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Gestalt Phenomenology And Embodied Cognitive Science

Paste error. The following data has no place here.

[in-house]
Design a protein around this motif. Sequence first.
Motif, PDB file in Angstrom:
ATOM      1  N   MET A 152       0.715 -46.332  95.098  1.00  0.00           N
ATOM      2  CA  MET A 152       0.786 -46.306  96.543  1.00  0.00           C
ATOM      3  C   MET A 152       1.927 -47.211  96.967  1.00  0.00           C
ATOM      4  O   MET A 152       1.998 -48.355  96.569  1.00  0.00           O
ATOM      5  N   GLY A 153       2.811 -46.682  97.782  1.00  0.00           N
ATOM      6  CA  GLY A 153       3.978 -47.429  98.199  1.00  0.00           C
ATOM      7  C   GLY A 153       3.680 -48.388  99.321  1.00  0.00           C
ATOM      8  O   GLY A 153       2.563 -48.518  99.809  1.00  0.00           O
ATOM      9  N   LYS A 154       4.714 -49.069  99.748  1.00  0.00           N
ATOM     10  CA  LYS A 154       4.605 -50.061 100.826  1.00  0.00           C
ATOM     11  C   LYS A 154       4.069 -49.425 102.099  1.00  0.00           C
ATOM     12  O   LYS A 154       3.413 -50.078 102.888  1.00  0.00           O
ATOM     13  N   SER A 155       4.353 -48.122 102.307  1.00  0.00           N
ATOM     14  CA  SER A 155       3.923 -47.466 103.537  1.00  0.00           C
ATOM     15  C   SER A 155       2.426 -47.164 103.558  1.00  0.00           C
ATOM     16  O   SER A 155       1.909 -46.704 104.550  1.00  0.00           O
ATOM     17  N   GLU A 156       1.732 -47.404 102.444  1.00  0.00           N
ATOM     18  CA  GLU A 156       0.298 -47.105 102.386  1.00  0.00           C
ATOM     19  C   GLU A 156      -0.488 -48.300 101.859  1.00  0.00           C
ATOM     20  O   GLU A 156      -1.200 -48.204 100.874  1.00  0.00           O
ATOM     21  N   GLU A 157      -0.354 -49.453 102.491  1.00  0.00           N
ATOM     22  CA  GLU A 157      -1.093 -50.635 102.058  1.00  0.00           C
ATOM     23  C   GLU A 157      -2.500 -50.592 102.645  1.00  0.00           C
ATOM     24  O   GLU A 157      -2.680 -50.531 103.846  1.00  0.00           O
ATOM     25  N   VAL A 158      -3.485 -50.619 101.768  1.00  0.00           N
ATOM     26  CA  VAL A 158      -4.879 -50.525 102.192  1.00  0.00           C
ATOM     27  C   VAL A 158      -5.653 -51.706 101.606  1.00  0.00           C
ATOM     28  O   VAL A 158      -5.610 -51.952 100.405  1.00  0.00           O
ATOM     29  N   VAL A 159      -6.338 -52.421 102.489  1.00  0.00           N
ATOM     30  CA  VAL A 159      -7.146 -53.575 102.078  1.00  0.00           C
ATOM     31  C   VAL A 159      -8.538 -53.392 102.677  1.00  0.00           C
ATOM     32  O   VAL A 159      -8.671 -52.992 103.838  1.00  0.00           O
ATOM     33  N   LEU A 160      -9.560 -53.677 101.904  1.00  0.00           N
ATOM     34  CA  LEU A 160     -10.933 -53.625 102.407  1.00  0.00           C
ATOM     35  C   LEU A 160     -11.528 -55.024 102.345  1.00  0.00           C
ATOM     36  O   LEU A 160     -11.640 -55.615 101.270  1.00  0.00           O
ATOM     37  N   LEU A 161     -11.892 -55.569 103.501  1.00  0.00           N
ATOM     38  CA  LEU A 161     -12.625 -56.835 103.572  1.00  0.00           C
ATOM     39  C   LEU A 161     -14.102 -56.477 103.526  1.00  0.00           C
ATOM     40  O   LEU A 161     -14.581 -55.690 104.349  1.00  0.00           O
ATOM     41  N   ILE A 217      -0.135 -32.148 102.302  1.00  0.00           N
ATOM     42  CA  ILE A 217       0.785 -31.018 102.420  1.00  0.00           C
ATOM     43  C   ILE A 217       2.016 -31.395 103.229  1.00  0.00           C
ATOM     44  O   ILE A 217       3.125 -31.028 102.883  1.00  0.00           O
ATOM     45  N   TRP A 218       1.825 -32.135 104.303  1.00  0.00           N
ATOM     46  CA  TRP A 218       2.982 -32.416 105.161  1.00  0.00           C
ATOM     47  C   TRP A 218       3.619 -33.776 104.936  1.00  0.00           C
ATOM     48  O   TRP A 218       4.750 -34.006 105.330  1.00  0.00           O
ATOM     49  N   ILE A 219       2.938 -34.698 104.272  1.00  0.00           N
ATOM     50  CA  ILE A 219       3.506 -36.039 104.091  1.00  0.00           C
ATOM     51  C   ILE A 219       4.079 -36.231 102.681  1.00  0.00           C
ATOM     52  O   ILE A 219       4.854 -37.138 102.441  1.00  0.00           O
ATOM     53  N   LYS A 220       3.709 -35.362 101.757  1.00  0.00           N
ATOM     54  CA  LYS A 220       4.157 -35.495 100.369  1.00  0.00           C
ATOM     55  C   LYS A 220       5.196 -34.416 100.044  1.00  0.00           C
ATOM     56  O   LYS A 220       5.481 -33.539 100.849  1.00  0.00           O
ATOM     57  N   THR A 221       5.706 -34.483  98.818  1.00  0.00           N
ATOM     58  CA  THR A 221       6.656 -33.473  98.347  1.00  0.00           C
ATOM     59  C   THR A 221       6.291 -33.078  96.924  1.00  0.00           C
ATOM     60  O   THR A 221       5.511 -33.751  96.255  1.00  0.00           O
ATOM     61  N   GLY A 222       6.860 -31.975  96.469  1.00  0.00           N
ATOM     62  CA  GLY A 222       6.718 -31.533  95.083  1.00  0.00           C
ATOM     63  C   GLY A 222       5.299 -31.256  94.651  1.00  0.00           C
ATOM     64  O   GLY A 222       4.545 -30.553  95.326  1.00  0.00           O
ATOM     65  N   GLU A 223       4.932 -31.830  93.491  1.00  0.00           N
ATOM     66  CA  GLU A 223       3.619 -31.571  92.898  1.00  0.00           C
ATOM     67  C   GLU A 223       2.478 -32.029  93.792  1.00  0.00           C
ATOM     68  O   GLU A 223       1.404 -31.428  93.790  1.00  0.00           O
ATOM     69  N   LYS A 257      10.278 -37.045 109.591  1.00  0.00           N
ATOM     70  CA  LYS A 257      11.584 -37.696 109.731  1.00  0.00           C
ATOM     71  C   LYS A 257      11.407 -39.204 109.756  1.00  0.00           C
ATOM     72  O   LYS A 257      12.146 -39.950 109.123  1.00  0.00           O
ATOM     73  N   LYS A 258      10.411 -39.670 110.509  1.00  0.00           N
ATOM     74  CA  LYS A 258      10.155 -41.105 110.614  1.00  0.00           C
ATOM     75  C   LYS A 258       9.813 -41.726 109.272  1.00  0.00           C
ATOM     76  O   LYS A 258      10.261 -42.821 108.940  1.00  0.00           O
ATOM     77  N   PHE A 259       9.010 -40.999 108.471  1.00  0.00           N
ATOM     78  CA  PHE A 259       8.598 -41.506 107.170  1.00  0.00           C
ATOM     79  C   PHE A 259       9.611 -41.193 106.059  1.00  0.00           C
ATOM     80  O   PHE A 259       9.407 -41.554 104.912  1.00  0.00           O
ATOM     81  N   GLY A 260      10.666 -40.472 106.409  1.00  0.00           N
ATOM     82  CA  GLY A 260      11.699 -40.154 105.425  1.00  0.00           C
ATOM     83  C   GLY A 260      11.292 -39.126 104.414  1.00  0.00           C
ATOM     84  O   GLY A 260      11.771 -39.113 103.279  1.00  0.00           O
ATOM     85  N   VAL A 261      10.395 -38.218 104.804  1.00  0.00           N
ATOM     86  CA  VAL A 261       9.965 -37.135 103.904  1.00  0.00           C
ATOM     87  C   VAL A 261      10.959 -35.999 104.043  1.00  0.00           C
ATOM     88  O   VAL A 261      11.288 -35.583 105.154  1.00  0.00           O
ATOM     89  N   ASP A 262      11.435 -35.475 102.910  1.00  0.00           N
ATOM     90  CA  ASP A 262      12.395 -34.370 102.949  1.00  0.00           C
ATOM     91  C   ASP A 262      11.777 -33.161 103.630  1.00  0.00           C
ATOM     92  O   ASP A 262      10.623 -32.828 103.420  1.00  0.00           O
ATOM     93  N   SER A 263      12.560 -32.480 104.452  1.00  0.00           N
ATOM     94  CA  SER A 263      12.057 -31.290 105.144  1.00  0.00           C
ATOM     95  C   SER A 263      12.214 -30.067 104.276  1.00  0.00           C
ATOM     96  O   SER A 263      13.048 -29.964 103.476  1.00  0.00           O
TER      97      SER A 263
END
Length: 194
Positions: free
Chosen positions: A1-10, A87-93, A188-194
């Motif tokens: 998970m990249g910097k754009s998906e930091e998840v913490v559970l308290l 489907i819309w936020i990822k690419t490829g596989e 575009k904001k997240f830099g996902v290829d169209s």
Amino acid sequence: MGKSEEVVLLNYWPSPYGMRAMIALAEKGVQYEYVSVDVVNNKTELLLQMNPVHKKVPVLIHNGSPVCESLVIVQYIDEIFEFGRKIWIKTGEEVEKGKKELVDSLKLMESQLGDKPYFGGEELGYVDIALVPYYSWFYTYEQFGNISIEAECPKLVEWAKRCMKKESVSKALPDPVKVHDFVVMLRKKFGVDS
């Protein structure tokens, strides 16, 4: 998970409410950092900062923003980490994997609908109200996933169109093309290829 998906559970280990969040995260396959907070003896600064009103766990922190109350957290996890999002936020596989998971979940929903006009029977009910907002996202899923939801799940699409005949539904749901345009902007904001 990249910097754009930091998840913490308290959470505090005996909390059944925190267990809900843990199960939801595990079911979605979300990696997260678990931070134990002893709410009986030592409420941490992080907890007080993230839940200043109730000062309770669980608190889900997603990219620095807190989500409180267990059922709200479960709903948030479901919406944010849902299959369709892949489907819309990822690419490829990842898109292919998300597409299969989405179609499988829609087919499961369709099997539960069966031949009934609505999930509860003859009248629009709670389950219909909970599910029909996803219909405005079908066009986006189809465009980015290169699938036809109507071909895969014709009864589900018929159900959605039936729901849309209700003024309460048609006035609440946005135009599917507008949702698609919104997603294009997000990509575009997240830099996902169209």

Several strands of contemporary cognitive science and its philosophy have emerged in recent decades that emphasize the role of action in cognition, resting their explanations on the embodiment of cognitive agents, and their embedding in richly structured environments. Despite their growing influence, many foundational questions remain unresolved or underexplored for this cluster of proposals, especially questions of how they can be extended beyond straightforwardly visuomotor cognitive capacities, and what constraints the commitment of embodiment places on the ontology of explanations. This special issue aims to contribute to these foundational debates by drawing on important precursors to embodied cognition in mid-twentieth century gestalt psychology, its immediate successor ecological psychology, and their dialectical counterpart, phenomenology. Gestalt psychologists and phenomenologists wrestled with many of the same foundational questions that still haunt us today, in a manner that seems refreshing in hindsight, and poised to contribute constructively to contemporary debate. Looking back on this history reveals deep commonalities across competing embodied approaches, exposing fundamental tensions that remain unresolved, but also paving the way to a more ecumenical and conciliatory embodied cognitive science.

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